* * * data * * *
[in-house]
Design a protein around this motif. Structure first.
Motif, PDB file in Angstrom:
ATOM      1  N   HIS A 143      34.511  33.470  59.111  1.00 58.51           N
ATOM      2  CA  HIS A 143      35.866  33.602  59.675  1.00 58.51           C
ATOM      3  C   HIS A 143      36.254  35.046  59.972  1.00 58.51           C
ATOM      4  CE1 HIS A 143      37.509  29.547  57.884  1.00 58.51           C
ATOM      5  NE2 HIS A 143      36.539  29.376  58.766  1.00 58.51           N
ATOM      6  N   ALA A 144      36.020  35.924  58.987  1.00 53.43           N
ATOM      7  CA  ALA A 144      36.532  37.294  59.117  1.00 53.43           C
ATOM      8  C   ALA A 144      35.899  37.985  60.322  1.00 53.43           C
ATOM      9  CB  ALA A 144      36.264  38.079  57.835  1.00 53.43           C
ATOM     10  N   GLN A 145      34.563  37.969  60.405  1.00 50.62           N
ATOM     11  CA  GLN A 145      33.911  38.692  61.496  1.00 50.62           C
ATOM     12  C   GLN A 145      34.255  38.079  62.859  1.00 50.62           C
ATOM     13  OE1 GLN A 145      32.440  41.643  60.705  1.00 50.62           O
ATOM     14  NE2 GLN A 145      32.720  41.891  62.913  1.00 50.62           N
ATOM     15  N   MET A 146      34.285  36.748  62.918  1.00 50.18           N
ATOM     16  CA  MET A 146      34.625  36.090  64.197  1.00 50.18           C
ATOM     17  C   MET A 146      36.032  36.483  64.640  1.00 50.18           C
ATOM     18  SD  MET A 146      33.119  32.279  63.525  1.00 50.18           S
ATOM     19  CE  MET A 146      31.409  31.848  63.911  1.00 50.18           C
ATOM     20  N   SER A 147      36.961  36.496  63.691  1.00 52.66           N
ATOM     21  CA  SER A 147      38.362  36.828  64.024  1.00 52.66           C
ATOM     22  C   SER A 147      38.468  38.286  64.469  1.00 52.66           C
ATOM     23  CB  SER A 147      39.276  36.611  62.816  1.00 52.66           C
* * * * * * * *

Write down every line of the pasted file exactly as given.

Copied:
[in-house]
Design a protein around this motif. Structure first.
Motif, PDB file in Angstrom:
ATOM      1  N   HIS A 143      34.511  33.470  59.111  1.00 58.51           N
ATOM      2  CA  HIS A 143      35.866  33.602  59.675  1.00 58.51           C
ATOM      3  C   HIS A 143      36.254  35.046  59.972  1.00 58.51           C
ATOM      4  CE1 HIS A 143      37.509  29.547  57.884  1.00 58.51           C
ATOM      5  NE2 HIS A 143      36.539  29.376  58.766  1.00 58.51           N
ATOM      6  N   ALA A 144      36.020  35.924  58.987  1.00 53.43           N
ATOM      7  CA  ALA A 144      36.532  37.294  59.117  1.00 53.43           C
ATOM      8  C   ALA A 144      35.899  37.985  60.322  1.00 53.43           C
ATOM      9  CB  ALA A 144      36.264  38.079  57.835  1.00 53.43           C
ATOM     10  N   GLN A 145      34.563  37.969  60.405  1.00 50.62           N
ATOM     11  CA  GLN A 145      33.911  38.692  61.496  1.00 50.62           C
ATOM     12  C   GLN A 145      34.255  38.079  62.859  1.00 50.62           C
ATOM     13  OE1 GLN A 145      32.440  41.643  60.705  1.00 50.62           O
ATOM     14  NE2 GLN A 145      32.720  41.891  62.913  1.00 50.62           N
ATOM     15  N   MET A 146      34.285  36.748  62.918  1.00 50.18           N
ATOM     16  CA  MET A 146      34.625  36.090  64.197  1.00 50.18           C
ATOM     17  C   MET A 146      36.032  36.483  64.640  1.00 50.18           C
ATOM     18  SD  MET A 146      33.119  32.279  63.525  1.00 50.18           S
ATOM     19  CE  MET A 146      31.409  31.848  63.911  1.00 50.18           C
ATOM     20  N   SER A 147      36.961  36.496  63.691  1.00 52.66           N
ATOM     21  CA  SER A 147      38.362  36.828  64.024  1.00 52.66           C
ATOM     22  C   SER A 147      38.468  38.286  64.469  1.00 52.66           C
ATOM     23  CB  SER A 147      39.276  36.611  62.816  1.00 52.66           C